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  #1  
Old 03-11-2013
jenson1a jenson1a is offline
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Default Questions on Swing Switch

I just came across a blog called Zenswitch Transitions-posted on Mar 8, 2010 by Coach Brian Vande Krol. His blog is divided into 2 sections--The Purposes of Pauses and the 2nd relates to the Dragging the Forearm.

The first section is pretty straight forward and seems relevant.

It is this 2nd section that I don't seem to understand. He says, "When we drag the forearm through the water, we use the water to provide feedback about the recovery. When the forearm is truly relaxed and dragging like a rag doll, the water shapes the arm keeping the wrist below the elbow. The feeling is that of "releasing water" under the forearm, as opposed to pushing water in front of the forearm. Also, if we maintain a constant depth of the forearm (feel the waterline at the crook of the elbow) we must swing the elbow out out away from the body, rather than bringing it up in a cramped recovery."

I'm not sure what he means by this. Also, if I have the crook of my elbow just above the water line, I have a lot of trouble in moving forward. (Too much weight maybe?) or not enuff muscle?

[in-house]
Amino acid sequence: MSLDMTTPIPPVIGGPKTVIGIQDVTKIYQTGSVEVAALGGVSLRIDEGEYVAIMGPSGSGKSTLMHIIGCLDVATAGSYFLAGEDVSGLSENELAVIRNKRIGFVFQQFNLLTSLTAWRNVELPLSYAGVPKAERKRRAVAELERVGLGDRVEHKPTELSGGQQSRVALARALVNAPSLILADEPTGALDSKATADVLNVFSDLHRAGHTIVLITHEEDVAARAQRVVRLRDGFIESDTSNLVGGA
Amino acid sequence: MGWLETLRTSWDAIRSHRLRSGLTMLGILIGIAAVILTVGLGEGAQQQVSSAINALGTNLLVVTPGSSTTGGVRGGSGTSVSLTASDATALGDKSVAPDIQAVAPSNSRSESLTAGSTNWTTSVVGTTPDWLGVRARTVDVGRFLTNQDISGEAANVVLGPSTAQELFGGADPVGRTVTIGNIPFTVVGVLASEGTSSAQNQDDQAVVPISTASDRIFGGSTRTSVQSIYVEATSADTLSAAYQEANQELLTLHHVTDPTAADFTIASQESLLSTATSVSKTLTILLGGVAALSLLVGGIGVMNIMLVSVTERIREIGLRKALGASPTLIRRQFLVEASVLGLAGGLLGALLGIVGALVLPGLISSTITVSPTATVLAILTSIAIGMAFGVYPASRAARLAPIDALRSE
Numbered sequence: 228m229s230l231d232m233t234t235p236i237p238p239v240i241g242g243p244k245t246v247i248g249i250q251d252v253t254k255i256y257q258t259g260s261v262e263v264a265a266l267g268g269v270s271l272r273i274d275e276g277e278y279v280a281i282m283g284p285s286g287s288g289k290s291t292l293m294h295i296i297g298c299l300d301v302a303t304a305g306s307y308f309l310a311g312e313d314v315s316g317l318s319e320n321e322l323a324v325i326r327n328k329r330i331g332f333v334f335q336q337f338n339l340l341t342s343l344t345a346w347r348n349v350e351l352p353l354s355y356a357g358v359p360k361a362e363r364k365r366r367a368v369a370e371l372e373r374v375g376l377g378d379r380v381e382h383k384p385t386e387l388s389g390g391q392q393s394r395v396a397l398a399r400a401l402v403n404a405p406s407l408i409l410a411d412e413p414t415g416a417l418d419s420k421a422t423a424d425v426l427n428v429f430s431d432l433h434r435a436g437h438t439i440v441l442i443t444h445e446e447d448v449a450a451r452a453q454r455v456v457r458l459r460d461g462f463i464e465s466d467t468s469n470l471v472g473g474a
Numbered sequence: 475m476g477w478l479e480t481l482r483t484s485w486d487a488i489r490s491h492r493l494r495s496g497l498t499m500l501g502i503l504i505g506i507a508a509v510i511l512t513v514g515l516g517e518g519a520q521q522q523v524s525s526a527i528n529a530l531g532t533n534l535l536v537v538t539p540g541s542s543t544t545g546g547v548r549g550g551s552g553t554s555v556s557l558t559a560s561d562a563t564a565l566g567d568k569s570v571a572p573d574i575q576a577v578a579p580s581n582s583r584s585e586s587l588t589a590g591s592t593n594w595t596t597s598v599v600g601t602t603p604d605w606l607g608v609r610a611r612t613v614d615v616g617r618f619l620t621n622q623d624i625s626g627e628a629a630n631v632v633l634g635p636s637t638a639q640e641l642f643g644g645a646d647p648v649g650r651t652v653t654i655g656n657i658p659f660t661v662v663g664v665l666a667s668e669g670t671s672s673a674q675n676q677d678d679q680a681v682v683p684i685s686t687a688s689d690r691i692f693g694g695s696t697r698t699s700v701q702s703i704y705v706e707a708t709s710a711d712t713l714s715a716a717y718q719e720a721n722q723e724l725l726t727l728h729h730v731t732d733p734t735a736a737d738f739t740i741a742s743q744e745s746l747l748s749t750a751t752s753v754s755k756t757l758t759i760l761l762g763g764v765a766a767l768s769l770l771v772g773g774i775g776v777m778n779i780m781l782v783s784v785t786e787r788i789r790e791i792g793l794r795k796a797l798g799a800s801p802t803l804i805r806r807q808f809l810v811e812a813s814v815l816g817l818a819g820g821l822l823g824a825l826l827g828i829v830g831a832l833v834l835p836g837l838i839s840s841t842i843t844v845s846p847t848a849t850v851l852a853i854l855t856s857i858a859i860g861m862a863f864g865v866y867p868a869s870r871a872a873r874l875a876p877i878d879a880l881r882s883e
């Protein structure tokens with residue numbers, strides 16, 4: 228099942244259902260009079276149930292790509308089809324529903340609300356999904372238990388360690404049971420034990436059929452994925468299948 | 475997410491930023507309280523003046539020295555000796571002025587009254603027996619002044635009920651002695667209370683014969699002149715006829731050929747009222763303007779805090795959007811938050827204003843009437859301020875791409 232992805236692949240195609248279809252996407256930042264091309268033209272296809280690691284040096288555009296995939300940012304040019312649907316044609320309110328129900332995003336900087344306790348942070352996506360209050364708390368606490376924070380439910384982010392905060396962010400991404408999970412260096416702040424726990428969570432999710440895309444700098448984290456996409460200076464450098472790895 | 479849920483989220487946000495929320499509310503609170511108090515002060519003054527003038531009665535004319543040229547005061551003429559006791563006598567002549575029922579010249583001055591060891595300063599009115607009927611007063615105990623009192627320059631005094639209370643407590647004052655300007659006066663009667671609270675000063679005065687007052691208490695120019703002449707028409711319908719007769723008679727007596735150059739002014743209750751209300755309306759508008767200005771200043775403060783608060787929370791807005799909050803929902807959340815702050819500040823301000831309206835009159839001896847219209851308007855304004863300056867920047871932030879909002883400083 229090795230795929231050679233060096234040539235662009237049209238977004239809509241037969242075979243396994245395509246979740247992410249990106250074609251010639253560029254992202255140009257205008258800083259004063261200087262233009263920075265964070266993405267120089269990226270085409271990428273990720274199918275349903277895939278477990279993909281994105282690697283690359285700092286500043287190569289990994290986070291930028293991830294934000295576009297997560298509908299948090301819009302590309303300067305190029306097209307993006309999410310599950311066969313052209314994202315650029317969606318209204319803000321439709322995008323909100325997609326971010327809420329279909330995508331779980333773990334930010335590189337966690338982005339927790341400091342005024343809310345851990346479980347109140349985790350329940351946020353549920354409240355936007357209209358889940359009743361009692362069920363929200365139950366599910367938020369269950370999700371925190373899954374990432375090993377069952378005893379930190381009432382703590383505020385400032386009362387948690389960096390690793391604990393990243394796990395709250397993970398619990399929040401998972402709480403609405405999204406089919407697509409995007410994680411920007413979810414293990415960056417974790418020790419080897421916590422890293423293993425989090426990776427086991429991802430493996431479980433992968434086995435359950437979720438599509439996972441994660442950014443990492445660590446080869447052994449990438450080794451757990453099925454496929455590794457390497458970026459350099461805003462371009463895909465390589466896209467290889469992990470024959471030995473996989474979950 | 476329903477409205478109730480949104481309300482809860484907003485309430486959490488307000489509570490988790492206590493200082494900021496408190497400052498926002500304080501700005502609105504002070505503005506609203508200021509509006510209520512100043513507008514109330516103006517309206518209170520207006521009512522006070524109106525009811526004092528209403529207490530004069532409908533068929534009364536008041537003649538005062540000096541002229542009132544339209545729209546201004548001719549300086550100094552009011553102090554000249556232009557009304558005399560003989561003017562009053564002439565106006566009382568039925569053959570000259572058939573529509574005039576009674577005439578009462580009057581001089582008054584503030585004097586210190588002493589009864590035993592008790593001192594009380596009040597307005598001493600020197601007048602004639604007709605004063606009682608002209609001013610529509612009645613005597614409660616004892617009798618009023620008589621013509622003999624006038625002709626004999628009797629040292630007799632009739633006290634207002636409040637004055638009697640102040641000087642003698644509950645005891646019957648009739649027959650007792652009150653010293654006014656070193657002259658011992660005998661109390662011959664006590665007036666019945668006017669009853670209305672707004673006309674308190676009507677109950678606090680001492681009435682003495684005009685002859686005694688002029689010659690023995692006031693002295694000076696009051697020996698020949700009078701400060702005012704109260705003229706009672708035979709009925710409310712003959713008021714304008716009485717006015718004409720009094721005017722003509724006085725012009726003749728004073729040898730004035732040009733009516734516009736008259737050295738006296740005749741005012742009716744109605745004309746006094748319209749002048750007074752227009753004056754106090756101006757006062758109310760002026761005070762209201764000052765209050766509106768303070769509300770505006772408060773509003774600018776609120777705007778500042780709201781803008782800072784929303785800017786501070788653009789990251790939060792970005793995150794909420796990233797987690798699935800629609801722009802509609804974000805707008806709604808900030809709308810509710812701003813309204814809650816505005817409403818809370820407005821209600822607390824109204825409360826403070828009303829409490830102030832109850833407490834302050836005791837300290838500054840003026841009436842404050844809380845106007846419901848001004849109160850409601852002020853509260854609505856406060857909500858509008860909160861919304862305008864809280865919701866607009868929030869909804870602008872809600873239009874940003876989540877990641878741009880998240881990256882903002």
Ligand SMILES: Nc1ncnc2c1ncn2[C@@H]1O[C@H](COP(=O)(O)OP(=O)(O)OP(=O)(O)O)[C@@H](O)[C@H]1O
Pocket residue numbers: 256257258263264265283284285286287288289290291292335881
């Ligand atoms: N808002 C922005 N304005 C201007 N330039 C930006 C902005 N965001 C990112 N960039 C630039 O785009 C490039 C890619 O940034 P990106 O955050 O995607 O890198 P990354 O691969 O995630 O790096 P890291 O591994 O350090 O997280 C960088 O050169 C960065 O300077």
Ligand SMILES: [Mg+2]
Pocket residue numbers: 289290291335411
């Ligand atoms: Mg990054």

Also since there has been so many revisions to different drills, is it possible that this blog no longer "holds water"??

Any insights would be appreciated.

Sherry
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  #2  
Old 03-11-2013
Janos Janos is offline
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Hi Sherry. It is only the last part that makes any sense to me. You are probably aware of not recovering the arm too tightly to the body. Fingerdrag drills are there to create a bit of drag for the forearm and hand as the elbow moves forward. An important drill to master. Not sure of the benefit of digging that hand in too deeply though. However deeply it goes, it must be in proportion to your forward momentum, otherwise the drill is not being done properly. So if it slows you down too much, my advice would be to lift your arm up a bit more. I find it easier to just focus on the elbow, and its linear path forward.

Janos
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  #3  
Old 03-12-2013
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CoachGeorgeRandall CoachGeorgeRandall is offline
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It is this 2nd section that I don't seem to understand. He says, "When we drag the forearm through the water, we use the water to provide feedback about the recovery. When the forearm is truly relaxed and dragging like a rag doll, the water shapes the arm keeping the wrist below the elbow. The feeling is that of "releasing water" under the forearm, as opposed to pushing water in front of the forearm.

Hi Sherry, Good Question

I think what the Coach Krol is expressing is you want your forearms completely relaxed like a "marionette" so the water shapes the arm. If your arms are tense you will be less likely to recieve the external feedback from the water and more likely to move the water around.


Also, if we maintain a constant depth of the forearm (feel the waterline at the crook of the elbow) we must swing the elbow out out away from the body, rather than bringing it up in a cramped recovery."


This makes sense as well. If you swing the compact relaxed recovery arm out and away from the body without lifting the arm (most swimmers instinctively will do this) the waterline to elbow postion stay the same.